On the 6/7th August 1985, a horrific multiple murder left the small village of Tolleshunt D’Arcy, Essex fearing for what had become of the quaint area they once lived in. That night, while sleeping soundly in their family farmhouse, Nevill and June Bamber were shot dead, along with their adoptive daughter, Shelia Caffell and Sheila’s two six-year-old twin sons, Daniel and Nicolas. The only person to survive this horrific crime which targeted this family was Jeremy, the Bamber’s adopted son but was this just luck or was the reason for this more sinister?
Ralph ‘Nevill’ Bamber and wife June married in 1949 and moved into the White House Farm on Pages Lane, Tolleshunt D’Arcy and set up married life among the 300 acres of tenant farmland that had previously belonged to June’s father. Here, Nevill, worked as a farmer and as a local magistrate at Witham Magistrates’ Court while it is reported that June was a stay-at-home wife. As they continued through married life, Nevill and June received the news that they were unable to have biological children of their own and therefore decided to adopt Sheila and Jeremy as babies. The two children were in no way related to each other, but family life seemed complete for the couple. The Bamber’s now had the family that they desired and equally were financially secure, not only owning the large farmhouse and plot of land but also owning property in London and a caravan site. The finances and inheritance provided a motive for the murders. The Bambers’ Company was worth £400,000 in 1985 (£1,057,000 in 2016). This large income of cash meant that Sheila and Jeremy were able to attend private education, which offered them a decent start at life. However, research shows that there was many frictions present within this happy family life. To begin, June had suffered from depression multiple times and had even been admitted to a psychiatric hospital in 1955 and again in 1958 when she was given electroshock therapy. June was treated many years later, also, in 1982. The second tension present was that June was extremely religious and this caused problems between her relationship with Sheila and Jeremy; Sheila feeling that her mother disapproved of her and Jeremy believing his relationship with his mother was that damaged he had stopped speaking to her all together.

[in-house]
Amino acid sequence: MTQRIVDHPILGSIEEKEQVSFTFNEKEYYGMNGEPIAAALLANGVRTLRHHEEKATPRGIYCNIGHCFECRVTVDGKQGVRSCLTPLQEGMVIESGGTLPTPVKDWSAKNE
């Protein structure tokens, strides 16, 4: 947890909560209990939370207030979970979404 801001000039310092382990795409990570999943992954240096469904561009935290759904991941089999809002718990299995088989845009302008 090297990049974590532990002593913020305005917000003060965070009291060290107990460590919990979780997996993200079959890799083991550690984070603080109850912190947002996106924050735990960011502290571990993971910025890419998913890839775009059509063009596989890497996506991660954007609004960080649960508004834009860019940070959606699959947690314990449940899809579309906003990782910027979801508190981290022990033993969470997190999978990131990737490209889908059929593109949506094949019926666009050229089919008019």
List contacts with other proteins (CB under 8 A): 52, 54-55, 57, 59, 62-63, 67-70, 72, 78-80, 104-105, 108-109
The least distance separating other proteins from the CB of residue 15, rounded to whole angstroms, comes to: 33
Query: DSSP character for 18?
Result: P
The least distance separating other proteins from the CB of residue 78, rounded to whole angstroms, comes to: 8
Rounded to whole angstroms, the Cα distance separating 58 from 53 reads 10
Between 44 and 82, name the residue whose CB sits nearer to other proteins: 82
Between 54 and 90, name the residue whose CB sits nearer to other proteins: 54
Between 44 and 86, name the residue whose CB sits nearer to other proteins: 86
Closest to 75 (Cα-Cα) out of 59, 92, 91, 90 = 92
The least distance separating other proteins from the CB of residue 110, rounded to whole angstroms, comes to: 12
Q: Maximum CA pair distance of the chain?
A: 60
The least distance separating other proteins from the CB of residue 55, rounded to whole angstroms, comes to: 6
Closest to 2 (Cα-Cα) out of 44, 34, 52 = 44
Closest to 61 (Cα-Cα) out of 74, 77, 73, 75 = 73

Sheila Caffell’s background is vague, yet it is known that her biological mother was the 18-year-old daughter of a senior chaplain to the Archbishop of Canterbury and that after two weeks her mother gave her up to the Church of England Children’s Society. In October 1957, when Sheila was only a couple of months old, she was adopted by the Bamber’s and renamed from Phyliss to Sheila. Sheila moved around different schools, beginning at the local Church of England School, then moved around three different private secondary schools before attending secretarial college in Swiss Cottage, London. In 1974, when she was only 17, she discovered she was pregnant to Colin Caffell. Nevill and June disagreed with the pregnancy that much that they personally arranged an abortion for Sheila and this is when her relationship with her adopted mother began to deteriorate. Around this time, Sheila began to have paranoid delusions about being taken over by the devil, which Sheila claimed began when her adopted mother began calling her, ‘the Devil’s Child’. Following the abortion, Sheila continued with her education at the secretarial college and then for a short time trained to be a hairdresser, before jetting off to Tokyo for two month’s as a model. On returning to the UK she fell pregnant again to Caffell and married him in May 1977. When Sheila turned 20, and six months into the pregnancy, she suffered a miscarriage. Sheila moved out of the family home after this and settled into a flat with Colin. Married life was a struggle for Sheila following the miscarriage then on the 22nd June 1979, after four months in hospital, she gave birth to twins. Sheila left Colin 5 months after the birth of the twin boys after finding that Colin was having an affair and in May 1982 they divorced. Sheila was now a single mother to 2 young boys and her adopted father Nevill decided to buy her a flat in Maida Vale, close to Colin’s home so that they could work together to raise the children. A broken marriage and a tense relationship with her adoptive mother led to Sheila tracing her real mother to Canada. Sheila and her real mother had a brief reunion, but the relationship did not develop past this. Sheila therefore turned to a small support unit of friends, who later told reporters that Sheila was lonely, insecure and had a real poor relationship with her adoptive mother. Sheila’s modelling contract then fell through and having to support 2 young children Sheila turned to the Welfare system and worked minimum wage jobs as a waitress and cleaner to support her family. Throughout all of this, Sheila’s mental health continued to detoriate, with episodes of banging her heads against walls and in 1983, she was referred to the psychiatrist who had treated her adoptive mother. The doctor reported that Sheila was agitated, paranoid and psychotic and admitted her to a private facility where she was diagnosed with schizoaffective disorder. The doctor also reported that Sheila believed that the devil was within her, similar to the previous time Sheila spoke to a psychiatrist. She was discharged in September 1983 and continued her treatment by taking antipsychotic drugs. She was readmitted in March 1985 and after four weeks was discharged. From this point onwards, the boys lived with their father.